What We Saw at CES2017 That Might Affect Your Health and Happiness (Adobe Stock)

Once again, the TDWI team went to the gargantuan annual tech show, the Consumer Electronic Show (CES) in Las Vegas. We were searching for interesting stories and products to tell you about…and once again, this year, we found them. We have already published some (but not all) of our video interviews with innovators from cutting edge companies with health products on our YouTube channel—be sure to subscribe so you can see the new videos as we roll them out.

Pat Salber tries out the Halo wth the help of Founder, Dr. Daniel Chao
Trying out the Halo wth the help of the Founder, Dr. Daniel Chao

The videos include stories about HaloNeurosciences’ neurostimulator for athletic performance and RightEye’s eye tracking system for early detection of a variety of neurologic conditions, such as autism and Parkinson’s disease, and Sleep Number’s new 360 smart bed that measures your sleep biometrics, calculates your Sleep IQ and helps you figure out how to sleep better. We also interviewed the CEO of OhMiBod, a technology-enabled pleasure and sexual wellness company. Their award-winning product, Lovelife Krush is a device and accompanying app that helps women learn to do Kegel exercises properly.

We also did interviews with other companies that caught our fancy, such as IK Multimedia and GoPuck who have products that can make the lives of Citizen Journalists and Bloggers easier. Finally, we know everyone likes dog stories, so we had to include a fun interview with Kyon, the makers of an electronic dog collar that can pacify, restrain, help find, shut-up, and otherwise improve the behavior of your favorite four-legged friend.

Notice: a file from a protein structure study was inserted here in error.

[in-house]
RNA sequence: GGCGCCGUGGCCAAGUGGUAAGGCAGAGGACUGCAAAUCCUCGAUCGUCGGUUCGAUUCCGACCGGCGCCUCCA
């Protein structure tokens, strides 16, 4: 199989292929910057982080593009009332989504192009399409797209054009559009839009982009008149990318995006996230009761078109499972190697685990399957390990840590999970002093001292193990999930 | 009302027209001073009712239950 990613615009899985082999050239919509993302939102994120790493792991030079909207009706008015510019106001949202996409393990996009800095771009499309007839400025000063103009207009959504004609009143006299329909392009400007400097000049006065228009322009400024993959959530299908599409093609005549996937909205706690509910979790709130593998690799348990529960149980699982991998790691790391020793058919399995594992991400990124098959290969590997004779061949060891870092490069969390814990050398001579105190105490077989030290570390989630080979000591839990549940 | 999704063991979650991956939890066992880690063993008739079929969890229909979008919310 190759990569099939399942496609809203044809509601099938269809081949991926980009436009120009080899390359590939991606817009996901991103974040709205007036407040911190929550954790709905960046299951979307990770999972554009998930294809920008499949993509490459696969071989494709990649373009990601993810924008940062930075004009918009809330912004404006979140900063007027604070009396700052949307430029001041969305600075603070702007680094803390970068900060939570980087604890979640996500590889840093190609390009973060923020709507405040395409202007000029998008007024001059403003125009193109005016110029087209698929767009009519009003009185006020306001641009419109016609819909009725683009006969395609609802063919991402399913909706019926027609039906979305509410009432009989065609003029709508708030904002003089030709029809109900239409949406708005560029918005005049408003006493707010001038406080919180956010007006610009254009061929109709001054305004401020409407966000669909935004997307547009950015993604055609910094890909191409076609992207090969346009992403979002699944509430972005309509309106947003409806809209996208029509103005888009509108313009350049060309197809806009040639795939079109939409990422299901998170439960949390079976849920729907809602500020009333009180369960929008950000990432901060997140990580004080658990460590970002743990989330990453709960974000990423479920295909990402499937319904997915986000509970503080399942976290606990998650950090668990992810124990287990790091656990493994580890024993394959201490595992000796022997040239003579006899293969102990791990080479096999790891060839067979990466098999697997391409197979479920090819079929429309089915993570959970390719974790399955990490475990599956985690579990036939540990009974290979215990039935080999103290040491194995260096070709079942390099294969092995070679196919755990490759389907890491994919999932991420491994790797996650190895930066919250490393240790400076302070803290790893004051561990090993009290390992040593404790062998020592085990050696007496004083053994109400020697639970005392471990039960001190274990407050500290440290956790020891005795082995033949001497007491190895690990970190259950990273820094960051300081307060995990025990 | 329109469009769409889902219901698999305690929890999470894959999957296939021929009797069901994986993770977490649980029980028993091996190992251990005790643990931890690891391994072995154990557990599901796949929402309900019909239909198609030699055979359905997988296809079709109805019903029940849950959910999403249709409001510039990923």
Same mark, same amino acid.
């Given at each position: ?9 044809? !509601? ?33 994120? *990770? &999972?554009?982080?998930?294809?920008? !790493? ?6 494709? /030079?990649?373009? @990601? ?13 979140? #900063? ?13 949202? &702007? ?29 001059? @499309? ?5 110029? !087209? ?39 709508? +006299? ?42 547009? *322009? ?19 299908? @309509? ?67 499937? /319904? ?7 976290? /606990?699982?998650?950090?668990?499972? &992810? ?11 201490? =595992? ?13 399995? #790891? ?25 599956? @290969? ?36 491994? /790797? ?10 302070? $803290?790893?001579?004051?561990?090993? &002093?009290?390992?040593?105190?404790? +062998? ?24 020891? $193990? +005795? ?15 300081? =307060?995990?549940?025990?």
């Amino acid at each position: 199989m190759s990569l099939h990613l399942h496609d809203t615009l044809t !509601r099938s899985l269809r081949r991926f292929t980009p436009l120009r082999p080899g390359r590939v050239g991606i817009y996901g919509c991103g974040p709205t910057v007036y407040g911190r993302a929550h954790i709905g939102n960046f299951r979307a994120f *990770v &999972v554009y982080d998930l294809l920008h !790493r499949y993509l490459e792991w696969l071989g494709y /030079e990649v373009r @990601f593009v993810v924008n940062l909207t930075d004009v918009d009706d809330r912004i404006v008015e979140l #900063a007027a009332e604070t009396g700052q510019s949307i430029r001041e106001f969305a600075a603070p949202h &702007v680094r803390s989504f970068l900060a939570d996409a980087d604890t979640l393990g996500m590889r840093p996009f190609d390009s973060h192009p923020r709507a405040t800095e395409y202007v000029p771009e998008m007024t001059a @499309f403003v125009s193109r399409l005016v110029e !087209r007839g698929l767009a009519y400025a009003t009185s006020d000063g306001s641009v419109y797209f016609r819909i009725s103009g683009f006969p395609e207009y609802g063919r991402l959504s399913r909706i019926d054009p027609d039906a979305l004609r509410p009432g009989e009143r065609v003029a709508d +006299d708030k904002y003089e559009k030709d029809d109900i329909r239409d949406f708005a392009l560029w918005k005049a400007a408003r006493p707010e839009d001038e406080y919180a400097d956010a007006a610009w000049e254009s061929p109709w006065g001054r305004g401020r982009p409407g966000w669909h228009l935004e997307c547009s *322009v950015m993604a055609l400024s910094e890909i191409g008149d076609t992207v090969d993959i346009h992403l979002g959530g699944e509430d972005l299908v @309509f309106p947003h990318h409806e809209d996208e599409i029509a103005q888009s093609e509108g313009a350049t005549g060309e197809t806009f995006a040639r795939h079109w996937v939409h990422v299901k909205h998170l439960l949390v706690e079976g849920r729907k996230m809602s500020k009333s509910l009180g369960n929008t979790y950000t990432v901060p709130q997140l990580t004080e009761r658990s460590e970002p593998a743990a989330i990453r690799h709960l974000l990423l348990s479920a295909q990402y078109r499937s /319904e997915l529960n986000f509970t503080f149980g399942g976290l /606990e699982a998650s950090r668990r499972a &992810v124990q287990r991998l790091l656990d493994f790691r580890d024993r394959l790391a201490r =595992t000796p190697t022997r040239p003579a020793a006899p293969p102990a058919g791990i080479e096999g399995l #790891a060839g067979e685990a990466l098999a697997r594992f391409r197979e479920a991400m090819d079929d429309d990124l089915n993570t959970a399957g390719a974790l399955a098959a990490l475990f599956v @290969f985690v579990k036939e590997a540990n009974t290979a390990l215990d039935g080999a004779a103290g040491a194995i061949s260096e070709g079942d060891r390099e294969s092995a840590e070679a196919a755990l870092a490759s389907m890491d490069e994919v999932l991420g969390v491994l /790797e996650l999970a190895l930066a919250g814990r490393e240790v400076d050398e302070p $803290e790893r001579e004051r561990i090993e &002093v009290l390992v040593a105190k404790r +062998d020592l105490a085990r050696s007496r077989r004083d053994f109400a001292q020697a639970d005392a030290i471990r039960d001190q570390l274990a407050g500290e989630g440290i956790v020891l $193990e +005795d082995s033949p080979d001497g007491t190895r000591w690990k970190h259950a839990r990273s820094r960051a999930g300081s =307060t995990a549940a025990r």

By trolling the periphery of the exhibit areas (you know, the booths that got the least desirable locations for foot traffic), we stumbled on some unusual and less well-known companies that are making things that may not appear to be health-oriented until you really think about it. One of those is Automatic Injury Detection’s sensor technology that will alert authorities, friends, and family if you get shot!

We spent four full days walking many, many miles as we explored the convention floors, uncovering little (and some not so little) gems that we thought you might want to know about. Here are a some of the companies and products that we found very interesting:

 

Sports-related concussion prevention

We chatted with the folks from Prevent Biometrics. The Minneapolis-based company has created a mouth-guard embedded with sensors that can detect the strength of a head impact that players of sports like hockey or rugby has incurred. It is combined with an app that walks coaches through the recommended post injury exam used to determine if the player should or should not return to the game. The technology was developed by neurosurgeons and engineers at Cleveland Clinic with funding from the National Institutes of Health (NIH) and others.

 

Helping the blind or near-blind to read

Rhys Filmer demonstrates how the OrCam works 220 x 165 px
Rhys Filmer demonstrates how the OrCam works